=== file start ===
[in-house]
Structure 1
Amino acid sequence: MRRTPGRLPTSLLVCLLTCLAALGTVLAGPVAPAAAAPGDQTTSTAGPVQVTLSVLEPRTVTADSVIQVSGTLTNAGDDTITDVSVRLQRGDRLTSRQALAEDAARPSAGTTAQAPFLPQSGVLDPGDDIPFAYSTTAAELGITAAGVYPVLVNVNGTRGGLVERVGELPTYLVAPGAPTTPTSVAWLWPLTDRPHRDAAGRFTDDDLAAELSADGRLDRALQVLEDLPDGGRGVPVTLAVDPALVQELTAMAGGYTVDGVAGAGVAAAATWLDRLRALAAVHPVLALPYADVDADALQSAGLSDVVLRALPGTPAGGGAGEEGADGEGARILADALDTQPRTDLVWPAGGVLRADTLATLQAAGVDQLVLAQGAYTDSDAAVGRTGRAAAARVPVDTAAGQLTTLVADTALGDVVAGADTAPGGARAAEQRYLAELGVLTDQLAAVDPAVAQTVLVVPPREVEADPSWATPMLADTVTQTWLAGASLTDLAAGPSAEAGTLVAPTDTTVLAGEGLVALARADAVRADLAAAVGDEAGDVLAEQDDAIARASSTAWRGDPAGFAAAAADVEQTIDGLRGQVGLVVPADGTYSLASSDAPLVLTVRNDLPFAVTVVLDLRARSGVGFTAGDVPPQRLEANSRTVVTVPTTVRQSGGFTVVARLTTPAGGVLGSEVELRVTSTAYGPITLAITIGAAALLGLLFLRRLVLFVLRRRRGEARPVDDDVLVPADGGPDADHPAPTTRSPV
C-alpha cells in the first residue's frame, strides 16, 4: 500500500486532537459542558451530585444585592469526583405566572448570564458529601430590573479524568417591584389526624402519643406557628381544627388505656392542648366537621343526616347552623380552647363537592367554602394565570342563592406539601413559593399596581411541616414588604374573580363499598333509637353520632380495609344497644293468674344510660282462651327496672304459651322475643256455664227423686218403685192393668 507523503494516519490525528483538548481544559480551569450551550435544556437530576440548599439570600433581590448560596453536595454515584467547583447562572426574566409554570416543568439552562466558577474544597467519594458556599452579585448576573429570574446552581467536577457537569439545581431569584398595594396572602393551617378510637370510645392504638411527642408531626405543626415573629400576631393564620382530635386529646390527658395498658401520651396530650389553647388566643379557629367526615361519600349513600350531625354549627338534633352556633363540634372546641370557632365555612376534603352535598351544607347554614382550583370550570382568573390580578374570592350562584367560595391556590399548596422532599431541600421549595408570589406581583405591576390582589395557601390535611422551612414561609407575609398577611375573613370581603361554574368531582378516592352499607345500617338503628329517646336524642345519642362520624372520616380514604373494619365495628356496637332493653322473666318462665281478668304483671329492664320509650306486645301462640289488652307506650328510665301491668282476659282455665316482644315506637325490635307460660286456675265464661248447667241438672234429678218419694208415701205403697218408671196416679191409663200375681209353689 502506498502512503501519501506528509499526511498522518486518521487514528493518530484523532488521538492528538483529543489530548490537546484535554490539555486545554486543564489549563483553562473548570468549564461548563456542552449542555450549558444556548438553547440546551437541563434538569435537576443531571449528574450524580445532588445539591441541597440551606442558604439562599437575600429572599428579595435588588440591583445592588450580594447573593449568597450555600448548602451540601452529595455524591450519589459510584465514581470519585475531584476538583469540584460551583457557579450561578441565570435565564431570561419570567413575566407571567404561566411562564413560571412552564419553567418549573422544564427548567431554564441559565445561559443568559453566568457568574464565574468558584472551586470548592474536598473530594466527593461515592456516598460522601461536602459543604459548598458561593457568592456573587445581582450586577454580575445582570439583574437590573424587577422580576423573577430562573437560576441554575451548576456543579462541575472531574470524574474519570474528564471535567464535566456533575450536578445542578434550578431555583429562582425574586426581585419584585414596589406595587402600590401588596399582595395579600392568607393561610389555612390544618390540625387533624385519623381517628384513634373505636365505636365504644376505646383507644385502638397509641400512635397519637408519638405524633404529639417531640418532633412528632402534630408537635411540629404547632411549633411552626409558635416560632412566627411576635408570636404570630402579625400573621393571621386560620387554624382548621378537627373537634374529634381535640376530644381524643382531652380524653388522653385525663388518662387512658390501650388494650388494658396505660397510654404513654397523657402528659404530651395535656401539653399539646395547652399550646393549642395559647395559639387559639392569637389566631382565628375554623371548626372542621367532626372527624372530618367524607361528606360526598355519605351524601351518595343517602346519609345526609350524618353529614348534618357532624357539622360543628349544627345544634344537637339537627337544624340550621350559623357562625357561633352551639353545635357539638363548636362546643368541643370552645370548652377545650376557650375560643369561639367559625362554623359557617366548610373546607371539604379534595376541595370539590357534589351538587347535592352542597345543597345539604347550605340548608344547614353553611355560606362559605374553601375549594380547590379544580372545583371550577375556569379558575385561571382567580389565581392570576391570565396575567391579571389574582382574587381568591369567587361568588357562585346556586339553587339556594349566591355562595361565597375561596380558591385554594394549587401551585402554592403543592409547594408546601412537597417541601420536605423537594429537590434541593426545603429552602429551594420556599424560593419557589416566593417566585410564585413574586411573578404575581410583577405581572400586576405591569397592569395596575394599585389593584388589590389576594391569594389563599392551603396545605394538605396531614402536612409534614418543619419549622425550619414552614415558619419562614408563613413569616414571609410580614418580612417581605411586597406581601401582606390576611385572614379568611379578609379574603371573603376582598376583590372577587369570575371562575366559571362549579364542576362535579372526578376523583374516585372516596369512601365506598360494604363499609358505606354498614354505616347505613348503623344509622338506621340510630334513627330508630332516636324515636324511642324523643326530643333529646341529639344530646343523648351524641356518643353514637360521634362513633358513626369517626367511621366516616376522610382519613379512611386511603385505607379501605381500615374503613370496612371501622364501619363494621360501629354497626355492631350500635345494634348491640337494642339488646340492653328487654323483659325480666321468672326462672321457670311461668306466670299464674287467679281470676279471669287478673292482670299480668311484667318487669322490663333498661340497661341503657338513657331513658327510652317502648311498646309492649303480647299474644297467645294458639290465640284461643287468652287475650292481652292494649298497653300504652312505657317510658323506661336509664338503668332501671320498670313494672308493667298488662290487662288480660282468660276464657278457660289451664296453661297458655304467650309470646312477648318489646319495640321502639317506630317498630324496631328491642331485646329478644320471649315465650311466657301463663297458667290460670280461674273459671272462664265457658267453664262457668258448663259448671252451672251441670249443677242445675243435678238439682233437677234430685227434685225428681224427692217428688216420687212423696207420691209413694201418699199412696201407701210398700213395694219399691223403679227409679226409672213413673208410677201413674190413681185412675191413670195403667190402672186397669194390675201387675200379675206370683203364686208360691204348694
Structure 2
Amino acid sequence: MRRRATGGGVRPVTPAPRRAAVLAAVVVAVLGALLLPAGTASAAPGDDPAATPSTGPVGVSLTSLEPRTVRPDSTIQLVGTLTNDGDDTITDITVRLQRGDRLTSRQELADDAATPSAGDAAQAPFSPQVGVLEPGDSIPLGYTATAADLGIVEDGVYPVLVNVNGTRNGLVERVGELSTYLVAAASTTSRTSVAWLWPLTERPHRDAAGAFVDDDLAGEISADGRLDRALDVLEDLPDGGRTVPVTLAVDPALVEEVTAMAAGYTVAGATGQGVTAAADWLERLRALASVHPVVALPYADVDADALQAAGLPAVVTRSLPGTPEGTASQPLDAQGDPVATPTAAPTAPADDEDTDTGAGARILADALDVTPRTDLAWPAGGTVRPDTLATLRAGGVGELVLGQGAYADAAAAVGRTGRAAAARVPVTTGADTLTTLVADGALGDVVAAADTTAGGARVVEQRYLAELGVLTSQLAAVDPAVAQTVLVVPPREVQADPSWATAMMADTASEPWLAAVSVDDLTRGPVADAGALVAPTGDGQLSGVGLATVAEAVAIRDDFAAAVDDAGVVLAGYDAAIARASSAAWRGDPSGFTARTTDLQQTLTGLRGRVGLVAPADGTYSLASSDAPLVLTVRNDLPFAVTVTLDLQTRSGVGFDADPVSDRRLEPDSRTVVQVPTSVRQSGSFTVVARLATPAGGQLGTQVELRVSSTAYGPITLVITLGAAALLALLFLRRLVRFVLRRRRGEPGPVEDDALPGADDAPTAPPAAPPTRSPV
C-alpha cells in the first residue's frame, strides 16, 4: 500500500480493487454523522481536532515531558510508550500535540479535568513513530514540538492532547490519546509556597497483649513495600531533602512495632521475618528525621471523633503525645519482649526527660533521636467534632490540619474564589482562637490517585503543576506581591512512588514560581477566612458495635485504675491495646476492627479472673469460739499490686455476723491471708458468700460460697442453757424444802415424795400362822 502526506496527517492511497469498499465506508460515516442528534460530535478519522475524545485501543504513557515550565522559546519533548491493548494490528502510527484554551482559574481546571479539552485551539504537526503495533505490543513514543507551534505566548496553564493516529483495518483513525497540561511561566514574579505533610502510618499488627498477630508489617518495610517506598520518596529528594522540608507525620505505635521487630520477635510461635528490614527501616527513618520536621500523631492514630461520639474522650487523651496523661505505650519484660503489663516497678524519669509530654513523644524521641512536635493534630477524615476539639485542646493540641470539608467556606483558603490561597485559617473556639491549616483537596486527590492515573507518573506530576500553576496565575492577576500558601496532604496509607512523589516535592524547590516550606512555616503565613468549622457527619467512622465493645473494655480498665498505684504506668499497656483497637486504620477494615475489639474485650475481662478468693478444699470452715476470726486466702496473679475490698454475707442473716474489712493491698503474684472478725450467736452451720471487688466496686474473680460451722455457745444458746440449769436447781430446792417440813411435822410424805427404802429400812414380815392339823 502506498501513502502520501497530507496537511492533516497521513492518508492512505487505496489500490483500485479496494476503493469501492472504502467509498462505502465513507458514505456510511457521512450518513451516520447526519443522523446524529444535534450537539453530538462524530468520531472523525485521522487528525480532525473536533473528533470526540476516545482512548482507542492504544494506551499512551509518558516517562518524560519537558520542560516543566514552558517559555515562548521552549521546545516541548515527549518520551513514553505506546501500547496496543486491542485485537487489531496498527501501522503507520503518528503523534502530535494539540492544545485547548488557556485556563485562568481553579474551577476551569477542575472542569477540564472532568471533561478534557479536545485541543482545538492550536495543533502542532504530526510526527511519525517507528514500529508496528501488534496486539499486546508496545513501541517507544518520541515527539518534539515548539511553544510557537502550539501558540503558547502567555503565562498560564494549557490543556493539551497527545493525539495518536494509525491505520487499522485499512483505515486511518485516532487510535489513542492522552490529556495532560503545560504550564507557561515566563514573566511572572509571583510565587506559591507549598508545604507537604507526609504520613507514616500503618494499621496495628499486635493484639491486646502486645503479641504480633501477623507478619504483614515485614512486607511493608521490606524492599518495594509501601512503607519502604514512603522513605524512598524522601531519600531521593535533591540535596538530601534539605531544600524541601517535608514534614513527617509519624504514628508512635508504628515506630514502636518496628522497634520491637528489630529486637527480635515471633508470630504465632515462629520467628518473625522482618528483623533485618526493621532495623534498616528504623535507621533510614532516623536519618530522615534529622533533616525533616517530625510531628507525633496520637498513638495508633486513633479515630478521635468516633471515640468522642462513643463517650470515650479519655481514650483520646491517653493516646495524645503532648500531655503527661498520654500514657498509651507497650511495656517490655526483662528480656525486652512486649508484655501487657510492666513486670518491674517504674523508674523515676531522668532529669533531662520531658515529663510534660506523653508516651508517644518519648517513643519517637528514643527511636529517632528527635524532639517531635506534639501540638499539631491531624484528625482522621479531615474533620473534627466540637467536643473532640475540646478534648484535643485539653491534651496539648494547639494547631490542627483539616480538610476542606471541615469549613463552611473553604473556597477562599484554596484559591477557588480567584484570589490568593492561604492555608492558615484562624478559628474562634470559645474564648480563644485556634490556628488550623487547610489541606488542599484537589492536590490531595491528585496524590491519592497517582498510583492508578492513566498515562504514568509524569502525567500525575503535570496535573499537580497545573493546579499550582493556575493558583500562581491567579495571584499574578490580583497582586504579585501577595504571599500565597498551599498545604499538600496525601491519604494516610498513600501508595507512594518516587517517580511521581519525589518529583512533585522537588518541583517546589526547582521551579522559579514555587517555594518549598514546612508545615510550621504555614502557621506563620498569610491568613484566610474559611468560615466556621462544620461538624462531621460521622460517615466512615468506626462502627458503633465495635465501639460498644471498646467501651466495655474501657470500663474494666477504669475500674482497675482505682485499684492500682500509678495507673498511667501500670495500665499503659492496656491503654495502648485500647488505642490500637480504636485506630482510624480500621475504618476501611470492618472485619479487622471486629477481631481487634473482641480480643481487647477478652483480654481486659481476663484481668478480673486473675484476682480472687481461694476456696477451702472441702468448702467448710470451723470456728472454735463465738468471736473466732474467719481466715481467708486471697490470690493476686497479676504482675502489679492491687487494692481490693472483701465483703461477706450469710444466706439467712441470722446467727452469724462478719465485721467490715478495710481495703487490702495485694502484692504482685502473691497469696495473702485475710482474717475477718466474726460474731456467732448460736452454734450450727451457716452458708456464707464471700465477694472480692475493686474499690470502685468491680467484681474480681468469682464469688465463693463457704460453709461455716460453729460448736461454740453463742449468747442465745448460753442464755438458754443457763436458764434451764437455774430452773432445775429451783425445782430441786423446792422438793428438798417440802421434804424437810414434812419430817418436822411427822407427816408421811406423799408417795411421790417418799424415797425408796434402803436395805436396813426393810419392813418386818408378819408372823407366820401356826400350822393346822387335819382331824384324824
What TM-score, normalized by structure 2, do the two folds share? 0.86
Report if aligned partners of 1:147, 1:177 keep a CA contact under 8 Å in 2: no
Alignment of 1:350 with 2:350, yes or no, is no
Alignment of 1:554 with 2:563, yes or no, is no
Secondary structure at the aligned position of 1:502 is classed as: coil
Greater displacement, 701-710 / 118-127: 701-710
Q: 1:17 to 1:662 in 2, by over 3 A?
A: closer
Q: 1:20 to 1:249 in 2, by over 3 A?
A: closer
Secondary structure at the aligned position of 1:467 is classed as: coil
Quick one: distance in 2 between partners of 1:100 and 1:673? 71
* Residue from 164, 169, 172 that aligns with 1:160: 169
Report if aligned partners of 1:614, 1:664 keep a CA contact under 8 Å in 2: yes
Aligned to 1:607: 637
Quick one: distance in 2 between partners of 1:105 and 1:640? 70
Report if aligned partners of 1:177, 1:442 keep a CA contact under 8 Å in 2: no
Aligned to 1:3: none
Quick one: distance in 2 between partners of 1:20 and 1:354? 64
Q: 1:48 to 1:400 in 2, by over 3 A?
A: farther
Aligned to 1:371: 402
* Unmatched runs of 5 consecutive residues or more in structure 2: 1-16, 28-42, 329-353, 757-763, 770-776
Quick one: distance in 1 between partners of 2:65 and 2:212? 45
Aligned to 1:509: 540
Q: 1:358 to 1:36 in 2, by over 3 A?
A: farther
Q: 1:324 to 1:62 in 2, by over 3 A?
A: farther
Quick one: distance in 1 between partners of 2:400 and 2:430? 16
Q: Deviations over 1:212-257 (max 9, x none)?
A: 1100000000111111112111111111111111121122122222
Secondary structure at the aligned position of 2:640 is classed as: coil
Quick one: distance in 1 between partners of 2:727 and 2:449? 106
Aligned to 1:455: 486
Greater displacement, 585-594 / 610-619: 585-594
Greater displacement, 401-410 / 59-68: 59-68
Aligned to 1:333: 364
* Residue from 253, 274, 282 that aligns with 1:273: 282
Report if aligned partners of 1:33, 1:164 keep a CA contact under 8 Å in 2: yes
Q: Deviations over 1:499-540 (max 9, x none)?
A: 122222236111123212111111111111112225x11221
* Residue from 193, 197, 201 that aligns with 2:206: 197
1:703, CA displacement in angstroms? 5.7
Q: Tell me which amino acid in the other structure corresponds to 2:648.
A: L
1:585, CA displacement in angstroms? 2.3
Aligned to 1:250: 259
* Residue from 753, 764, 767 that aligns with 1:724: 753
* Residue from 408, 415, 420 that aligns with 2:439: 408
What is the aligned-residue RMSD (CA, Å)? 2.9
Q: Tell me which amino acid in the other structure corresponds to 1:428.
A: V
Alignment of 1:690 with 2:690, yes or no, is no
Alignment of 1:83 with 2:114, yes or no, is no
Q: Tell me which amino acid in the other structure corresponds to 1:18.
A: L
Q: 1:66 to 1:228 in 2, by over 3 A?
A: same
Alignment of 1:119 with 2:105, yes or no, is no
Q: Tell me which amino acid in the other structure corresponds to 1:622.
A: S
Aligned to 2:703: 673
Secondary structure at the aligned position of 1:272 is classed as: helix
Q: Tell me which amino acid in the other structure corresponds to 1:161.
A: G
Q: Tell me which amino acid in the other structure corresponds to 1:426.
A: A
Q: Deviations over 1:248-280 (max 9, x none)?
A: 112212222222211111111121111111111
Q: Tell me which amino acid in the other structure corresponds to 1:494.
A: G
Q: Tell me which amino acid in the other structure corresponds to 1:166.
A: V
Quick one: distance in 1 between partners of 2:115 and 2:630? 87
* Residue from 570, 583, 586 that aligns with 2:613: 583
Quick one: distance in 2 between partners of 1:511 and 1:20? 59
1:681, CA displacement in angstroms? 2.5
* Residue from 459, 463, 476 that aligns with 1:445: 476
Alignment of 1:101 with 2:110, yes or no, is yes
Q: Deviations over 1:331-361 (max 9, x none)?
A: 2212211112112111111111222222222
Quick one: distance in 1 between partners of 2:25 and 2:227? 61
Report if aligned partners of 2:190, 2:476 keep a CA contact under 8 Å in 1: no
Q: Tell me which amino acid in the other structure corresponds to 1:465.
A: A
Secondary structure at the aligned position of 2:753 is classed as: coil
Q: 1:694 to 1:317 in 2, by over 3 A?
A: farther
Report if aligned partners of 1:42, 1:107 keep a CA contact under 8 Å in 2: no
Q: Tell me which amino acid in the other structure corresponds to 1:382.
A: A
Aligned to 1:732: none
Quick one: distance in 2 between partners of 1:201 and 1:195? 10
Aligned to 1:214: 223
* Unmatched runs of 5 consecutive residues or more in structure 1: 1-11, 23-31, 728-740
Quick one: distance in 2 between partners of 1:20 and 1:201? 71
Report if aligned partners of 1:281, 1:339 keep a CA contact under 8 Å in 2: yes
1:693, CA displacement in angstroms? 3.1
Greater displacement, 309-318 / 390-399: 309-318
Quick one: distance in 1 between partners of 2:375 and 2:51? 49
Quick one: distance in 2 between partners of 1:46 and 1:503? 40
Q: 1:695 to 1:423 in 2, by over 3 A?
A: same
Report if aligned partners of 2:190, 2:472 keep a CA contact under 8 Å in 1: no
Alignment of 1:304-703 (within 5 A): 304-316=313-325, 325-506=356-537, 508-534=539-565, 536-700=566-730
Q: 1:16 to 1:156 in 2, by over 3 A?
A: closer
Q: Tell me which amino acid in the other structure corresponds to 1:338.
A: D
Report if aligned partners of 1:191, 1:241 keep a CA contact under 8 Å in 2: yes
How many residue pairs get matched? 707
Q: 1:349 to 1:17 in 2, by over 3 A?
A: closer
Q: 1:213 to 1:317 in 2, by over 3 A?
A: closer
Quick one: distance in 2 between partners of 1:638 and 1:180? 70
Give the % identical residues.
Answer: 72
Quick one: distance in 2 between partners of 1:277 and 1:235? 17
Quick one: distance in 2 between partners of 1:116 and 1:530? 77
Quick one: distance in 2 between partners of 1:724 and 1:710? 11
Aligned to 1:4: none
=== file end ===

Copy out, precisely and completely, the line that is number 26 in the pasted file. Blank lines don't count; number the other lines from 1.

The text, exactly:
Quick one: distance in 2 between partners of 1:20 and 1:354? 64